One of the biggest advantages that residential proprieties have over other kinds is that people absolutely need somewhere to live. Depending on what socioeconomic demographic a residential property caters to, it could be highly resistant to an economic downturn.
On the downside, lower-income housing tends to be in areas that aren’t worth as much, which could mean lagging performance when an economic boom hits.
Other residential REITs specialize in student housing, which tends to be a very consistent market. Schools have a new crop of students every year, which makes these REITs a good bet for consistent income.
Regardless of the type of property, rents tend to keep pace with inflation, which makes residential REITs worth learning more about.
- Residential REITs tend to produce stable income.
- Residential real estate may be more resilient to a downturn in economic conditions.
- There will always be a demand for some forms of residential real estate.
- Residential real estate can be subject to higher damage rates than other forms of real estate (this means lower profits).
- High-end residential real estate can be hit hard when economic conditions worsen.
Retail REITs invest their capital in real estate that caters to the retail industry. They will generate income based on the rent that retail tenants pay, all of whom will be on long-term contracts.
Retail real estate was a solid investment for many years. As the US economy has shifted to the “Amazon” model, where consumers shop online in increasing numbers, retail real estate has become a mixed bag from an investment standpoint.
In the US, retail real estate like malls has been suffering over the last few years. Stores like Sears and Toys R Us have gone out of business, which makes it hard to be super bullish on the sector as a whole.
Read: You can read our full review of Fundrise here.
Potential for Bargains
Remember that REITs have to pay out the vast majority of their income to unitholders. That means that if a REIT picks up some retail proprieties on the cheap, and rents rebound, the value of the REIT’s income will rise.
In the real-world Amazon has been sniffing around nearly abandoned retail proprieties, and looking for places they could turn into distribution centers.
While it is more likely that a heavyweight like Amazon would just buy retail proprieties outright, that one-off profit would make a lovely payment for a REIT’s unitholders.
Regardless, retail REITs don’t currently offer the same level of security that residential REITs can, but there is room for them to deliver surprises given how depressed the market has become.
- Retail property in the USA has been beaten down and may present value at this point.
- Some areas seem to be more resilient to the retail real estate blues and may trade at a discount due to the overall direction of the market.
- Retail rents do tend to keep up with inflation, though this may no longer be as true as it once was.
- Retail real estate has been getting smashed for years and isn’t the safest place to invest.
- There is a substantial amount of empty retail real estate on the market currently.
If you think that the commercial world is doing well, buying into a REIT that owns offices could be a good idea. Like any REIT, office REITs rely on their tenants to create cash flow. Office REITs have companies that pay rent for office space as their clients.
Stop and think about all the office space there is in the USA. Every state has a few big cities, and there are numerous offices that serve businesses in those areas.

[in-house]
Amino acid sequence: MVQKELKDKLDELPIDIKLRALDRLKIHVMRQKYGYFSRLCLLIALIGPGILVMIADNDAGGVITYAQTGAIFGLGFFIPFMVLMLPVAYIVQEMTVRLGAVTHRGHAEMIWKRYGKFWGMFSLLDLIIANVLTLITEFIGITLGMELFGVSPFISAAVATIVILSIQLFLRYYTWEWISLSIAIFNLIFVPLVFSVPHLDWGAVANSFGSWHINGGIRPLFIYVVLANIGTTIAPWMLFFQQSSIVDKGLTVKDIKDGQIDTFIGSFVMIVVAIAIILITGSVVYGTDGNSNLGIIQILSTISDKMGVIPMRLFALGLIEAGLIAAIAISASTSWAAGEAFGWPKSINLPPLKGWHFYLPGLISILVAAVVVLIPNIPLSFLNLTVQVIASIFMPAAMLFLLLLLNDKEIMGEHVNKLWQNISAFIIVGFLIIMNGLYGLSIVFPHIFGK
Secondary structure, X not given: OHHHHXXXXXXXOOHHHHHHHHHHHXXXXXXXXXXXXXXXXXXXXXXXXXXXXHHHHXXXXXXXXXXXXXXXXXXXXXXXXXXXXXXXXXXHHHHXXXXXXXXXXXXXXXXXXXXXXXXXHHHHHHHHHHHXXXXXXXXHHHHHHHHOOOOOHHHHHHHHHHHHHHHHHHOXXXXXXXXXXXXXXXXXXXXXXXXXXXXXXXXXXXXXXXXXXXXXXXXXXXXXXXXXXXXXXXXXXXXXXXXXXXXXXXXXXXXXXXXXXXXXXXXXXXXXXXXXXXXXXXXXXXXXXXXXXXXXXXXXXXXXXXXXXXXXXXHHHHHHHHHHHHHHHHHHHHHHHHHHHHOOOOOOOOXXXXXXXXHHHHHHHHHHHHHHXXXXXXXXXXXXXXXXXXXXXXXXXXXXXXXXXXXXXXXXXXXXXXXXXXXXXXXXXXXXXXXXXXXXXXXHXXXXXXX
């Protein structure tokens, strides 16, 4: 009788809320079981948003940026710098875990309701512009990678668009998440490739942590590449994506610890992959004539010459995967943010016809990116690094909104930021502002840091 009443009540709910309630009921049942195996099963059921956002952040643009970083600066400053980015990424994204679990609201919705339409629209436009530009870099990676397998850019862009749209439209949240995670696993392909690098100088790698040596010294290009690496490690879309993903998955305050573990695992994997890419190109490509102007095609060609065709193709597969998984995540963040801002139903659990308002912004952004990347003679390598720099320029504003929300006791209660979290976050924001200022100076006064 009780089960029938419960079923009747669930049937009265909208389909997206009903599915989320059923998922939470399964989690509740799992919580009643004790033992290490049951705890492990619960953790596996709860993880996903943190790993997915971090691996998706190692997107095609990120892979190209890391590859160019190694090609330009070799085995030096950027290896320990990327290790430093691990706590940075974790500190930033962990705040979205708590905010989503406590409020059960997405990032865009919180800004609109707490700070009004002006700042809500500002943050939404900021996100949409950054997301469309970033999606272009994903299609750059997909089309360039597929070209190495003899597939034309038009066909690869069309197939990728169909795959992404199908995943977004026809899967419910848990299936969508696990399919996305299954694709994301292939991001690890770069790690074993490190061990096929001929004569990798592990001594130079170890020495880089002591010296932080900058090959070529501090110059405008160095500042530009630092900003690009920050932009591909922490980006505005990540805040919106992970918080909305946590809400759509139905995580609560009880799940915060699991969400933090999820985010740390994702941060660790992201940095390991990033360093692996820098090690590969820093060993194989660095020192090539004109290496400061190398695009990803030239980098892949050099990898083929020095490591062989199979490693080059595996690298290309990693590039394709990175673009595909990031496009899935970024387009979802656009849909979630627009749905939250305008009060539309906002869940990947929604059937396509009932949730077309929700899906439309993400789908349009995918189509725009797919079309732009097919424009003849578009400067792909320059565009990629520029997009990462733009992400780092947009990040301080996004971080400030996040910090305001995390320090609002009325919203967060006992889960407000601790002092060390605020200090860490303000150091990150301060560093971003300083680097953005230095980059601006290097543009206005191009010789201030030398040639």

You might have heard that the most important thing in real estate is ‘location, location, location’, and this is very true for office buildings. Unlike residential property, companies will only rent office space if they absolutely need it, and its use can change rapidly based on the overall economy.
If you are interested in office REITs, it is important to know a lot about the kind of office space they own, and exactly where they are located. In many areas, the space of a few miles can separate prime real estate from skid row, which makes a huge difference when it comes to revenues.
- Office REITs tend to rent on a long term basis.
- Most companies have ‘deeper pockets’ than individuals, and will be able to meet their obligations.
- Offices are a necessary part of a larger business, and they are relatively difficult to shut them down once they are established.
- Investors need to do a lot of research when investing in office space, as every market will be nuanced.
- Offices are often one of the first things to be cut from the budget when an economic downturn hits, and this impacts revenue for an office REIT.
It’s no secret that healthcare is big business in the USA. Healthcare REITs own hospital buildings, as well as nursing homes and other care facilities.
There are a lot of people who are approaching old age in the USA, and this represents a potential opportunity for healthcare REITs. Older people consume healthcare services in much larger amounts than younger people.
The USA also has an ‘insurance culture’ when it comes to healthcare, which may or may not introduce risk to the healthcare REITs’ business model.
The revenue of hospitals that have a large number of patients who use Medicare or Medicaid will only be as strong as the insurance programs that support its patients. If you are interested in healthcare REITs, it will be important to dig into the specific type of healthcare facilities that support the REIT’s income streams.
- One of the few areas of the economy that is virtually guaranteed to see growth over the next decade.
- Vital service to the economy (unlike retail).
- Steady returns, especially for nursing homes and other managed care facilities.
- US healthcare is in flux, with “Obamacare” coming under increased scrutiny.
- Healthcare is an umbrella term (see below).
The Healthcare Industry is a Diverse Market